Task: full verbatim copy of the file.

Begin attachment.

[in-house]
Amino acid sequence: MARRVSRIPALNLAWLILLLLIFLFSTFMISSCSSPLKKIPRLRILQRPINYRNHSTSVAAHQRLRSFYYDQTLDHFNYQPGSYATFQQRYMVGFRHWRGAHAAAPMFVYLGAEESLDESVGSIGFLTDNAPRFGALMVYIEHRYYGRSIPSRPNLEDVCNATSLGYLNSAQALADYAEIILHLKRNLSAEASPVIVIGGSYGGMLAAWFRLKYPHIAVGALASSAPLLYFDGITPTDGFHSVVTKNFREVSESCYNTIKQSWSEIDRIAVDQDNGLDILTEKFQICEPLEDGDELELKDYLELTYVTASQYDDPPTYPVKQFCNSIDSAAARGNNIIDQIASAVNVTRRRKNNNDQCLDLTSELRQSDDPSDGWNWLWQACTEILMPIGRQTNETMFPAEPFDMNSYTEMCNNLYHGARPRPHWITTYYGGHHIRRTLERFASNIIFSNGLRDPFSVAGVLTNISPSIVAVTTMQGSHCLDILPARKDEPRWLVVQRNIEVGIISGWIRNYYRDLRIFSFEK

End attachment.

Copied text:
[in-house]
Amino acid sequence: MARRVSRIPALNLAWLILLLLIFLFSTFMISSCSSPLKKIPRLRILQRPINYRNHSTSVAAHQRLRSFYYDQTLDHFNYQPGSYATFQQRYMVGFRHWRGAHAAAPMFVYLGAEESLDESVGSIGFLTDNAPRFGALMVYIEHRYYGRSIPSRPNLEDVCNATSLGYLNSAQALADYAEIILHLKRNLSAEASPVIVIGGSYGGMLAAWFRLKYPHIAVGALASSAPLLYFDGITPTDGFHSVVTKNFREVSESCYNTIKQSWSEIDRIAVDQDNGLDILTEKFQICEPLEDGDELELKDYLELTYVTASQYDDPPTYPVKQFCNSIDSAAARGNNIIDQIASAVNVTRRRKNNNDQCLDLTSELRQSDDPSDGWNWLWQACTEILMPIGRQTNETMFPAEPFDMNSYTEMCNNLYHGARPRPHWITTYYGGHHIRRTLERFASNIIFSNGLRDPFSVAGVLTNISPSIVAVTTMQGSHCLDILPARKDEPRWLVVQRNIEVGIISGWIRNYYRDLRIFSFEK